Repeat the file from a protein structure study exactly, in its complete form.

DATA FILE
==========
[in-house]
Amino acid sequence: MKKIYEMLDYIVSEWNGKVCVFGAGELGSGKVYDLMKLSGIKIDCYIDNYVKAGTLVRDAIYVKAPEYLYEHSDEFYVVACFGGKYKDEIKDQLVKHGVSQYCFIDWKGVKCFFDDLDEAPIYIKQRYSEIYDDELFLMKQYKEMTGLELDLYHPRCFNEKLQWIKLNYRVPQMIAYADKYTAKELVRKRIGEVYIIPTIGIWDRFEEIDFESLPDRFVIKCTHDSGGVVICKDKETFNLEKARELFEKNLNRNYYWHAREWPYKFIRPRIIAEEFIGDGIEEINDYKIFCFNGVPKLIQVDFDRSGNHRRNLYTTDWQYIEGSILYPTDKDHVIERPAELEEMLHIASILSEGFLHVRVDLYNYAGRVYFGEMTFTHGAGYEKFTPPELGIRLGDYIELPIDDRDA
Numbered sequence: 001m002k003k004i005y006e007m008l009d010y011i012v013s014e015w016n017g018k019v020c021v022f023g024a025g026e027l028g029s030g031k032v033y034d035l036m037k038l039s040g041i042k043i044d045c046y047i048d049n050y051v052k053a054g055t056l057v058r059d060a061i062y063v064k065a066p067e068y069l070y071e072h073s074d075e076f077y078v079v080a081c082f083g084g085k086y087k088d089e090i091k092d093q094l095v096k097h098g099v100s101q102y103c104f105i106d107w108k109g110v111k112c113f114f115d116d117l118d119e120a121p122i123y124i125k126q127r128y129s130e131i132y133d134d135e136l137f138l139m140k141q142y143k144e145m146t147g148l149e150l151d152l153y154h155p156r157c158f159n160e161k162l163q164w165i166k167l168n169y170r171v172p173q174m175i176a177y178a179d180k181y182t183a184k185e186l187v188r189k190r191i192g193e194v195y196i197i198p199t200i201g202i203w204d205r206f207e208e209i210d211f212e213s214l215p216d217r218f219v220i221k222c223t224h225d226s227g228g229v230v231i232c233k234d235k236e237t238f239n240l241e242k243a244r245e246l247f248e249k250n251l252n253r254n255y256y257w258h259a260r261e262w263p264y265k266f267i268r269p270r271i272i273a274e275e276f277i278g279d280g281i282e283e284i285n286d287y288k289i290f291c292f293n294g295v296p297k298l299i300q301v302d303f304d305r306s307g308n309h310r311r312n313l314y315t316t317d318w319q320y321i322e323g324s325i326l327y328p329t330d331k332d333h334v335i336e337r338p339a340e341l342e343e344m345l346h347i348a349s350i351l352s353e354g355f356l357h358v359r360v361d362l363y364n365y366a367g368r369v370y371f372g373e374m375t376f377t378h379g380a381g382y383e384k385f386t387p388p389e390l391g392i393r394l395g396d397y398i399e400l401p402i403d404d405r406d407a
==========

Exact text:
[in-house]
Amino acid sequence: MKKIYEMLDYIVSEWNGKVCVFGAGELGSGKVYDLMKLSGIKIDCYIDNYVKAGTLVRDAIYVKAPEYLYEHSDEFYVVACFGGKYKDEIKDQLVKHGVSQYCFIDWKGVKCFFDDLDEAPIYIKQRYSEIYDDELFLMKQYKEMTGLELDLYHPRCFNEKLQWIKLNYRVPQMIAYADKYTAKELVRKRIGEVYIIPTIGIWDRFEEIDFESLPDRFVIKCTHDSGGVVICKDKETFNLEKARELFEKNLNRNYYWHAREWPYKFIRPRIIAEEFIGDGIEEINDYKIFCFNGVPKLIQVDFDRSGNHRRNLYTTDWQYIEGSILYPTDKDHVIERPAELEEMLHIASILSEGFLHVRVDLYNYAGRVYFGEMTFTHGAGYEKFTPPELGIRLGDYIELPIDDRDA
Numbered sequence: 001m002k003k004i005y006e007m008l009d010y011i012v013s014e015w016n017g018k019v020c021v022f023g024a025g026e027l028g029s030g031k032v033y034d035l036m037k038l039s040g041i042k043i044d045c046y047i048d049n050y051v052k053a054g055t056l057v058r059d060a061i062y063v064k065a066p067e068y069l070y071e072h073s074d075e076f077y078v079v080a081c082f083g084g085k086y087k088d089e090i091k092d093q094l095v096k097h098g099v100s101q102y103c104f105i106d107w108k109g110v111k112c113f114f115d116d117l118d119e120a121p122i123y124i125k126q127r128y129s130e131i132y133d134d135e136l137f138l139m140k141q142y143k144e145m146t147g148l149e150l151d152l153y154h155p156r157c158f159n160e161k162l163q164w165i166k167l168n169y170r171v172p173q174m175i176a177y178a179d180k181y182t183a184k185e186l187v188r189k190r191i192g193e194v195y196i197i198p199t200i201g202i203w204d205r206f207e208e209i210d211f212e213s214l215p216d217r218f219v220i221k222c223t224h225d226s227g228g229v230v231i232c233k234d235k236e237t238f239n240l241e242k243a244r245e246l247f248e249k250n251l252n253r254n255y256y257w258h259a260r261e262w263p264y265k266f267i268r269p270r271i272i273a274e275e276f277i278g279d280g281i282e283e284i285n286d287y288k289i290f291c292f293n294g295v296p297k298l299i300q301v302d303f304d305r306s307g308n309h310r311r312n313l314y315t316t317d318w319q320y321i322e323g324s325i326l327y328p329t330d331k332d333h334v335i336e337r338p339a340e341l342e343e344m345l346h347i348a349s350i351l352s353e354g355f356l357h358v359r360v361d362l363y364n365y366a367g368r369v370y371f372g373e374m375t376f377t378h379g380a381g382y383e384k385f386t387p388p389e390l391g392i393r394l395g396d397y398i399e400l401p402i403d404d405r406d407a